February 2020 License-Review Summary

License-Review mailing list topics for February 2020:

  • Continued discussion on the Cryptographic Autonomy License (Beta 4)
  • Resolution of the Cryptographic Autonomy License (Beta 4) – Approved
  • Resolution on the Mulan PSL V2 – Approved

Continued discussion on the Cryptographic Autonomy License (Beta 4)

Statement for the need of consistency with capitalizations

Support for approval despite lingering concerns such as the potential for abuse and the earlier drafting history, due to lack of grounding in the current text. 

Question concerning the license and its ability to ensure that customer data won’t be locked and that the sharing of improvements to the code will be maximized

Confirmation on all concerns being addressed by the license

Suggestion that more discussion is still needed due to concerns with how the license is in previously-mentioned situations and how it interacts with the principles of FOSS and its effect on users, but with a slight inclination towards approval   

Support for rejection or further discussion due to privacy risks

Clarification that the license requires that users retain control of keys but that system keys are not User Data as defined 

Request for the location in the license for this distinction and statement that the distinction between user and system as well as client and server are unclear in peer-to-peer systems

Request for the location in the license for this distinction and statement that the distinction between user and system as well as client and server are unclear in peer-to-peer systems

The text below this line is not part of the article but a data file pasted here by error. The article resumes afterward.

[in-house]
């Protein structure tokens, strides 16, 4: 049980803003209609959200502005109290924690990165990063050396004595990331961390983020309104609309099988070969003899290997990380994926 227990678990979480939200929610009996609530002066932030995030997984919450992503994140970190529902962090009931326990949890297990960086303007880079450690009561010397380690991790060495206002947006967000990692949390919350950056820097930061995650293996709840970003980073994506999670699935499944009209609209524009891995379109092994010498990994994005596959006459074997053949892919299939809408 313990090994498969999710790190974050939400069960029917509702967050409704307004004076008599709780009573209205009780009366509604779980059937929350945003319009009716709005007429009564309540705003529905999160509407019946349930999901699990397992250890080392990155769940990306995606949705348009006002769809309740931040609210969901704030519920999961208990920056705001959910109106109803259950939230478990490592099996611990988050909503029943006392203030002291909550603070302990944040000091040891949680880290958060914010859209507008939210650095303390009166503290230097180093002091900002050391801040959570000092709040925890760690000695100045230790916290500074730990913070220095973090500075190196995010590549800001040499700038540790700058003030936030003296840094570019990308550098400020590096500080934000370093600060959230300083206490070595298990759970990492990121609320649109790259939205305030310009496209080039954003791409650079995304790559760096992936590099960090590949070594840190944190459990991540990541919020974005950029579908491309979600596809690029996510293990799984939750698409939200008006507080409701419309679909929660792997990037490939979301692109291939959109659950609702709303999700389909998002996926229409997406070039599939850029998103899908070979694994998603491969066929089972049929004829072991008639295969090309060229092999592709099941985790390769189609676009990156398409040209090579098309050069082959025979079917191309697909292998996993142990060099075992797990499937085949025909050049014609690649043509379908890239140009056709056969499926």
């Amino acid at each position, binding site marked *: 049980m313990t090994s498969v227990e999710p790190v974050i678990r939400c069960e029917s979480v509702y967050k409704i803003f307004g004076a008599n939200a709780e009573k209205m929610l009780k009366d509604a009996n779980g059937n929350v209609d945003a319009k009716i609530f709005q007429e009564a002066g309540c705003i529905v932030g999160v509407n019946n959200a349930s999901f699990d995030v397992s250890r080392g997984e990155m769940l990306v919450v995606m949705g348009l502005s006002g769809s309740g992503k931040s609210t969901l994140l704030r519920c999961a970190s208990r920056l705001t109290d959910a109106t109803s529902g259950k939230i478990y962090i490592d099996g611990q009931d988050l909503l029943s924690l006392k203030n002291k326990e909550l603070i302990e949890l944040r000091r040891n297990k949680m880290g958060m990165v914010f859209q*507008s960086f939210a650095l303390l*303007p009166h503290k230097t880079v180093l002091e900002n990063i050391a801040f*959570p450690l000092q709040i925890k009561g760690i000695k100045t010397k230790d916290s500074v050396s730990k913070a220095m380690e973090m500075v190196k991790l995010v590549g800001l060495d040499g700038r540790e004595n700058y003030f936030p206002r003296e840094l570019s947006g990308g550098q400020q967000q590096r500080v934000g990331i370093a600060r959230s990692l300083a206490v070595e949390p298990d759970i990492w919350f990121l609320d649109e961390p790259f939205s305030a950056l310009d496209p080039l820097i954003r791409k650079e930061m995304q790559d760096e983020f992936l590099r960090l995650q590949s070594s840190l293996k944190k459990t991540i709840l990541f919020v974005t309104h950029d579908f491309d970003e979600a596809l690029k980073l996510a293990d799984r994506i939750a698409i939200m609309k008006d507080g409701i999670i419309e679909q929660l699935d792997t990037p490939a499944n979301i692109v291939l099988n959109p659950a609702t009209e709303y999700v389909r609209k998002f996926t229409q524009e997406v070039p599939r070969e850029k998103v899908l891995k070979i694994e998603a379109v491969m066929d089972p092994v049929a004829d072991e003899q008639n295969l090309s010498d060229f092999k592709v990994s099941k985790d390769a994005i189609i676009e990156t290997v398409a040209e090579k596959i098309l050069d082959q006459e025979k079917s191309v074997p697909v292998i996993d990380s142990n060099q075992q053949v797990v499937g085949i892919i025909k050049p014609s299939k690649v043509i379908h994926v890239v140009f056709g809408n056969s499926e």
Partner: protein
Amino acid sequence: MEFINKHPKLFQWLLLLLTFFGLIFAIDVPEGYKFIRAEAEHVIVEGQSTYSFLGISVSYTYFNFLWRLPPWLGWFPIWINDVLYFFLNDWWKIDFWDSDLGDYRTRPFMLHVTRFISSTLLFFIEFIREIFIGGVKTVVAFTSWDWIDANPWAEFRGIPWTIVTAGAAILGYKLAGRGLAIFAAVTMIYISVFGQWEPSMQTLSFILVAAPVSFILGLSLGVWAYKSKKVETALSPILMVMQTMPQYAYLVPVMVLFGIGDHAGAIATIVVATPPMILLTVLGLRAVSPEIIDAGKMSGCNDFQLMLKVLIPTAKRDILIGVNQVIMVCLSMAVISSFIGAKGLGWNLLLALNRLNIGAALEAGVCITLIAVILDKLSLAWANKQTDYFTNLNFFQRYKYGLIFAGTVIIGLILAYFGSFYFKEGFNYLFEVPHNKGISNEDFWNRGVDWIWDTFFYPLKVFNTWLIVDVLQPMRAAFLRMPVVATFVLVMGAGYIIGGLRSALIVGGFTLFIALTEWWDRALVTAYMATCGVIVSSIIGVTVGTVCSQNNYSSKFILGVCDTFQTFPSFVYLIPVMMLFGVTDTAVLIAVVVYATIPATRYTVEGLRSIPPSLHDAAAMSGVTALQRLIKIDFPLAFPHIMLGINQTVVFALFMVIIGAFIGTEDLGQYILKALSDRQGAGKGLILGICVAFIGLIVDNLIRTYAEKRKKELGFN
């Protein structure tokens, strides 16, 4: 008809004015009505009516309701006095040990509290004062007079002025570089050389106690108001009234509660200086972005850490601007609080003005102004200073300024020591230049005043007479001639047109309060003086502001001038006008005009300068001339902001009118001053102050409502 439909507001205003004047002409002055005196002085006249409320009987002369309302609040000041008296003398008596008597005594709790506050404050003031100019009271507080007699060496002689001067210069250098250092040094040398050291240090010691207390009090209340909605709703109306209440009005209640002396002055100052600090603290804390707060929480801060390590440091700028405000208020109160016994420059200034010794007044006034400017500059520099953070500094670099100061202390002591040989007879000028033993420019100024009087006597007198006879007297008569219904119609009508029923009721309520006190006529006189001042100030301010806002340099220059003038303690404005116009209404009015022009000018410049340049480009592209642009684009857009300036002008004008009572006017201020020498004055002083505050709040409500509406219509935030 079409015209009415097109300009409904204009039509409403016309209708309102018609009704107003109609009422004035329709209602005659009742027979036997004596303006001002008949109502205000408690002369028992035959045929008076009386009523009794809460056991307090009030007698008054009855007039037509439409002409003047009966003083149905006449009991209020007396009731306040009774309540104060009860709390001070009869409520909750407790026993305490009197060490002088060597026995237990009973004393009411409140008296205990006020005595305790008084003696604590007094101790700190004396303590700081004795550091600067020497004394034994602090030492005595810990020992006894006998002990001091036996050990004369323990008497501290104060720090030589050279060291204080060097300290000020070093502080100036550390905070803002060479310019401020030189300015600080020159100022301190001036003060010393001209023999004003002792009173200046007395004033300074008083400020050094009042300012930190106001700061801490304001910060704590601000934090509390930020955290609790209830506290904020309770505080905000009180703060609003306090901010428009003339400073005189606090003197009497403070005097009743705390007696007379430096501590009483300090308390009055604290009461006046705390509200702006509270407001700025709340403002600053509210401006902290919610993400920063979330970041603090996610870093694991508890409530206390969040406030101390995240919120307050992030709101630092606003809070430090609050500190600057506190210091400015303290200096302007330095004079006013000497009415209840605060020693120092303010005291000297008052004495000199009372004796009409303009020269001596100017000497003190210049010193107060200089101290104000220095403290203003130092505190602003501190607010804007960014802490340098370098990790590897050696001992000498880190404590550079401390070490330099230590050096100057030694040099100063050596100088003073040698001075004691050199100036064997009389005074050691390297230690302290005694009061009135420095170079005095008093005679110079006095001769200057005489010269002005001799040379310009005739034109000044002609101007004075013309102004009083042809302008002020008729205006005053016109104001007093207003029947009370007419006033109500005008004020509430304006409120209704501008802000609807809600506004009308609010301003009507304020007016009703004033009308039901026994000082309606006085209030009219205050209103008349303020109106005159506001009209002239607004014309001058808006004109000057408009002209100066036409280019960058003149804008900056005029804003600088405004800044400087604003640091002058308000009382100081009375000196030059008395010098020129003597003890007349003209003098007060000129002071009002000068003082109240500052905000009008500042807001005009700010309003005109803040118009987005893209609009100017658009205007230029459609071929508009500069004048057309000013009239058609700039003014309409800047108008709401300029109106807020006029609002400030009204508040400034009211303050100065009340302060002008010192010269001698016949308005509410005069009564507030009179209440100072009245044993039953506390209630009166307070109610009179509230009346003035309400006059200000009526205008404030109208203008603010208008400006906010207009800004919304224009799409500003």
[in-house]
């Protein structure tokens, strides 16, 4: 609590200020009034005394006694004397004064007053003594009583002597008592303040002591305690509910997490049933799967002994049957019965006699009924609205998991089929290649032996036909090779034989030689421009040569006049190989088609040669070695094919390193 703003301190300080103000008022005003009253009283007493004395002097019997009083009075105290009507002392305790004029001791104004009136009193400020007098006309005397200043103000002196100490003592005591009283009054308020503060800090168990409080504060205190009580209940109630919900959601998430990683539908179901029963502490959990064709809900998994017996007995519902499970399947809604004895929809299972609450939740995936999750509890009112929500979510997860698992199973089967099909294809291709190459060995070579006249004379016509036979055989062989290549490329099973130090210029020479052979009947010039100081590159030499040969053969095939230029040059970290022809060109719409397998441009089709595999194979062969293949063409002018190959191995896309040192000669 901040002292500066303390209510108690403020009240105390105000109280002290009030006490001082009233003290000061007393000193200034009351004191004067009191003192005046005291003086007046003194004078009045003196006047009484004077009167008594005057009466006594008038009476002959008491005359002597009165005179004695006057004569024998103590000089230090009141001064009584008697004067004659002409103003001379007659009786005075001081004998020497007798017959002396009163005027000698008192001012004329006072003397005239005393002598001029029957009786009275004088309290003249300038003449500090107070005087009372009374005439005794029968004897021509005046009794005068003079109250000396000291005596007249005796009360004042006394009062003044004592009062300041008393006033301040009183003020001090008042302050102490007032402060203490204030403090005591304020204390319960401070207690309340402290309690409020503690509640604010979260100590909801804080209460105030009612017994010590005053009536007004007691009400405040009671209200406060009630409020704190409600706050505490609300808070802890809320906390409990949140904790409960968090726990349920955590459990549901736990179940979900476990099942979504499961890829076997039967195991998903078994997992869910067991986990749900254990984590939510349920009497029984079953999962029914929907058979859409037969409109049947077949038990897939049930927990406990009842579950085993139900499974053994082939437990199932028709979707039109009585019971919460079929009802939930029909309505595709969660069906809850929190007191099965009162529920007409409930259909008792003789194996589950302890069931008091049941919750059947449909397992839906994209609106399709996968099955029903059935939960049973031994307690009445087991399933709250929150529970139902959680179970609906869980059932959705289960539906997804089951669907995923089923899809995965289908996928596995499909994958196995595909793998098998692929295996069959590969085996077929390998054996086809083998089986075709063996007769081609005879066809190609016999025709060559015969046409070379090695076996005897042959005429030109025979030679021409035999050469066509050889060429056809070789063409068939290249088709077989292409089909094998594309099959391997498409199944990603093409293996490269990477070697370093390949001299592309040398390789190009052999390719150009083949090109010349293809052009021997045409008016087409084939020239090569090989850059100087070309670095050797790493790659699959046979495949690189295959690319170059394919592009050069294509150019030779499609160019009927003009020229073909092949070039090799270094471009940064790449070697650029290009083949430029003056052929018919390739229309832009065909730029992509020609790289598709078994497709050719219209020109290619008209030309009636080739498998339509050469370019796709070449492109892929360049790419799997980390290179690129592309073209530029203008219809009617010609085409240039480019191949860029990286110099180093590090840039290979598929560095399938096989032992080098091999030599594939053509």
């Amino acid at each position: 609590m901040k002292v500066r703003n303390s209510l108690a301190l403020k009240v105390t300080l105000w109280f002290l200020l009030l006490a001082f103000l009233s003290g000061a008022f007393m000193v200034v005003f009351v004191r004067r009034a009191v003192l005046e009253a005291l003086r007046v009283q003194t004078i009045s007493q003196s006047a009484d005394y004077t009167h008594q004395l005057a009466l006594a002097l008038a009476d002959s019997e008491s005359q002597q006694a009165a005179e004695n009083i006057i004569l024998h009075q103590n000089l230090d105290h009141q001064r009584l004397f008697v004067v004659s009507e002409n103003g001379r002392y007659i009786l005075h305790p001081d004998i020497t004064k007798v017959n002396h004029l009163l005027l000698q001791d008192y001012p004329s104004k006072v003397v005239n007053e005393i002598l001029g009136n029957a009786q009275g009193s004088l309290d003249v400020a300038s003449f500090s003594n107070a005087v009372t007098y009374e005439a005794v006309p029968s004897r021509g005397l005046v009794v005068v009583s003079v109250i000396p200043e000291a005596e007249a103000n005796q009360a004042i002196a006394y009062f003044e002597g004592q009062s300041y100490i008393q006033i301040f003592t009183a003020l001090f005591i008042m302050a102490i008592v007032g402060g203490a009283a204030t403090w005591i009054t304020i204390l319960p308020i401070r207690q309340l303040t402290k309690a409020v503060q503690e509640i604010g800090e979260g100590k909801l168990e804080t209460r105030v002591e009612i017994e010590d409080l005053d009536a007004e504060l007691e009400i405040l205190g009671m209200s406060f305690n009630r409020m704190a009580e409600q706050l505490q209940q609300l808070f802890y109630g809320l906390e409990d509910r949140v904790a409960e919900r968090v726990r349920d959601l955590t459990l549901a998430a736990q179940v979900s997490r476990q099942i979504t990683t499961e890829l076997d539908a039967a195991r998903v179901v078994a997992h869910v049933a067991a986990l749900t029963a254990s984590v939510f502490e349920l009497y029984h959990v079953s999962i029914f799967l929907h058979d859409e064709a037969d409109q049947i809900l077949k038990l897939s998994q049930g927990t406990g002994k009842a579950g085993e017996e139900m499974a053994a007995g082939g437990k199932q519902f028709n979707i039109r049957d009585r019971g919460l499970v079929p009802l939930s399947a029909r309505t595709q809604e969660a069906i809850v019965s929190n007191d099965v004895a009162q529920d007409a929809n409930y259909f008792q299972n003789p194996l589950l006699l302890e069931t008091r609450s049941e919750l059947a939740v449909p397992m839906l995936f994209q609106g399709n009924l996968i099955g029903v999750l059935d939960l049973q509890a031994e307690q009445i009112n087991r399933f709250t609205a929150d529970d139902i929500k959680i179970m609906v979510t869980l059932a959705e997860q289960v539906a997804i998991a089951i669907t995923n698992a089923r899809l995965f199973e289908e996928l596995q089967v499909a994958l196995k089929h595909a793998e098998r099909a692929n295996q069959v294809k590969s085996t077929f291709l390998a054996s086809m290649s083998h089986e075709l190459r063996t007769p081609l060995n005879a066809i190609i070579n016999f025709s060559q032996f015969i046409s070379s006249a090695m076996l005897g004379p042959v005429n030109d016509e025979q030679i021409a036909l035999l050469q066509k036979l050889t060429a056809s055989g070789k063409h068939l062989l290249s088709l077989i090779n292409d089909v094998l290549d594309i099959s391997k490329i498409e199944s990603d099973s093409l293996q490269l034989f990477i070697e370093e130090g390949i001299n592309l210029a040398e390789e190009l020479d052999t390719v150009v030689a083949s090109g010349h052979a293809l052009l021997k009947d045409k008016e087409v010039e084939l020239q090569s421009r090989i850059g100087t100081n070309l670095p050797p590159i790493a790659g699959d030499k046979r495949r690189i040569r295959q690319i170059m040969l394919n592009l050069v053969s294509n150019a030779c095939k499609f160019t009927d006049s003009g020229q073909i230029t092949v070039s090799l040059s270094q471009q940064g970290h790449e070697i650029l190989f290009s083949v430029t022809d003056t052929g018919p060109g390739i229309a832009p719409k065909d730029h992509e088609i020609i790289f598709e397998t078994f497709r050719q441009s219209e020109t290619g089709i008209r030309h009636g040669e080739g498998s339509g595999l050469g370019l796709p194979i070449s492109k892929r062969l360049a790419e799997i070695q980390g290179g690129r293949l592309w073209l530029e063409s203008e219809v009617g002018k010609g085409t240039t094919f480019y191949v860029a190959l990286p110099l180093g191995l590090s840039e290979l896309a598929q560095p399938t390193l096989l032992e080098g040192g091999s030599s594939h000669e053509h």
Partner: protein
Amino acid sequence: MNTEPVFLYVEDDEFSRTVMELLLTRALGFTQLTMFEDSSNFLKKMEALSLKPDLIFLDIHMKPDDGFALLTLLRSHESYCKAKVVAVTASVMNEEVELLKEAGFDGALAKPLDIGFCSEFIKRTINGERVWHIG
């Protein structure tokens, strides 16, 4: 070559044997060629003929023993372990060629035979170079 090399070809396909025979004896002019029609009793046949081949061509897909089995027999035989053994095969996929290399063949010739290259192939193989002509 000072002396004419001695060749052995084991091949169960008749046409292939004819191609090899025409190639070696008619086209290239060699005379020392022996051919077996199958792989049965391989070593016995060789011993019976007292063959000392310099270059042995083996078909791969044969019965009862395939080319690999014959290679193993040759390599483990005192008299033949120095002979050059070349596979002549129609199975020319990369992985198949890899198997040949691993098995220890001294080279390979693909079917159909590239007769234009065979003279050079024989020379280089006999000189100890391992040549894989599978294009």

Directions to section 4.1 in the definition of the source code and user autonomy provisions in 4.2.2, both where it is stated that cryptographic keys are required to make the distinction clear

Concerns regarding the requirement for documentation for use, requirement for configuration information, the possibility for coercion regarding handing over encrypted data and encryption keys,  the term “recipient” being too broad, and that the issues like privacy attacks caused by the client-server style approach of the CAL. Requests for scenario examples for further discussion.

Clarification that there is no requirement for the generation of new documentation and that the context of configuration information is just for the information needed to install and use, that the CAL is written for a peer-to-peer application though is compatible in client-server applications, and that the term “recipient” can be used as in a peer-to-peer network users can act as a client as well as act as a server. Response that the request reflects a misunderstanding of the CAL requirements. 

Request for clarification on the problems being addressed regarding user freedom, language adjustment recommendations, statement that the privacy attack is easier to accomplish, and a request for information on the limitation of the disclosure of recipient user data without the disclosure of the operator’s private data, together with an example that highlights the issue.

Answer that a problem addressed is the gradual re-centralization of decentralized systems, clarification that no new documentation is required and that the context is the provision of the source code, and that the example provided that highlights the issue around the disclosure of data is in the wrong layer.